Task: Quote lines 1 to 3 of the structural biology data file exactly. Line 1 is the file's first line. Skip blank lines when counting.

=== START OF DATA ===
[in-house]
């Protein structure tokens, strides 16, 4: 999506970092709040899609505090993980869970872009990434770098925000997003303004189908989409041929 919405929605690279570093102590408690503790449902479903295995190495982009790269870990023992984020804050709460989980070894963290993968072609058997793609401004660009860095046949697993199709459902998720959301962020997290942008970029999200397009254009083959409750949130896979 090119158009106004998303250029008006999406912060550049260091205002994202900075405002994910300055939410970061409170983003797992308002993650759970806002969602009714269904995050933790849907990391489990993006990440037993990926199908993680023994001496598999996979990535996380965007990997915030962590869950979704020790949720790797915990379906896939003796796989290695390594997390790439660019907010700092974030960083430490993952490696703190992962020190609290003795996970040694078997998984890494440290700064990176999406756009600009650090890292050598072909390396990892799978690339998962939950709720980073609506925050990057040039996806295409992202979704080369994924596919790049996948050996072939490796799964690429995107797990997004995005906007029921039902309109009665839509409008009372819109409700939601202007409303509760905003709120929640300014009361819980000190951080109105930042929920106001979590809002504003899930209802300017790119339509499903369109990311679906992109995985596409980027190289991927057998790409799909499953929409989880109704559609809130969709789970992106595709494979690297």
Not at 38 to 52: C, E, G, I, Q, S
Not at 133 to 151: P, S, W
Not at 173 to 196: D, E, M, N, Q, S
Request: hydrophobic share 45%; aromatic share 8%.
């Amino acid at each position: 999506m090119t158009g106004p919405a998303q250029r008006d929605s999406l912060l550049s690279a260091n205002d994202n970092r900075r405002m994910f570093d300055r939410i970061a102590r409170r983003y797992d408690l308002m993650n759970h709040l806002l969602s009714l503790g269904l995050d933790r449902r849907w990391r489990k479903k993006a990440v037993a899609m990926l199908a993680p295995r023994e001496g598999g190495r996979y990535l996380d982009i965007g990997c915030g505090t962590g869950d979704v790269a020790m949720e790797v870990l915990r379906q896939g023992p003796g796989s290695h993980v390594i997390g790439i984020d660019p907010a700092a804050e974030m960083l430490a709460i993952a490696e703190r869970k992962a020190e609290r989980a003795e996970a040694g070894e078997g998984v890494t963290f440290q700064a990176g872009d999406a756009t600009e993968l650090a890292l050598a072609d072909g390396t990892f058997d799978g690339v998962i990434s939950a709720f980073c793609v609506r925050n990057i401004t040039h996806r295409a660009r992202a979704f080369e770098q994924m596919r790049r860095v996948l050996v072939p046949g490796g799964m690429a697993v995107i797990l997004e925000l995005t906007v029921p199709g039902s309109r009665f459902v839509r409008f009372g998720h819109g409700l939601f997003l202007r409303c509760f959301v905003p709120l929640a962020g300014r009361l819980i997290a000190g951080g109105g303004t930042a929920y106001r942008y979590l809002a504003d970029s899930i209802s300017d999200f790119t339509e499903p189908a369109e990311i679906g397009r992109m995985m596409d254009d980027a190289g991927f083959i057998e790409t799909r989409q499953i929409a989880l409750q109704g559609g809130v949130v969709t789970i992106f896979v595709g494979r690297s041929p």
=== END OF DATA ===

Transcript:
[in-house]
């Protein structure tokens, strides 16, 4: 999506970092709040899609505090993980869970872009990434770098925000997003303004189908989409041929 919405929605690279570093102590408690503790449902479903295995190495982009790269870990023992984020804050709460989980070894963290993968072609058997793609401004660009860095046949697993199709459902998720959301962020997290942008970029999200397009254009083959409750949130896979 090119158009106004998303250029008006999406912060550049260091205002994202900075405002994910300055939410970061409170983003797992308002993650759970806002969602009714269904995050933790849907990391489990993006990440037993990926199908993680023994001496598999996979990535996380965007990997915030962590869950979704020790949720790797915990379906896939003796796989290695390594997390790439660019907010700092974030960083430490993952490696703190992962020190609290003795996970040694078997998984890494440290700064990176999406756009600009650090890292050598072909390396990892799978690339998962939950709720980073609506925050990057040039996806295409992202979704080369994924596919790049996948050996072939490796799964690429995107797990997004995005906007029921039902309109009665839509409008009372819109409700939601202007409303509760905003709120929640300014009361819980000190951080109105930042929920106001979590809002504003899930209802300017790119339509499903369109990311679906992109995985596409980027190289991927057998790409799909499953929409989880109704559609809130969709789970992106595709494979690297």
Not at 38 to 52: C, E, G, I, Q, S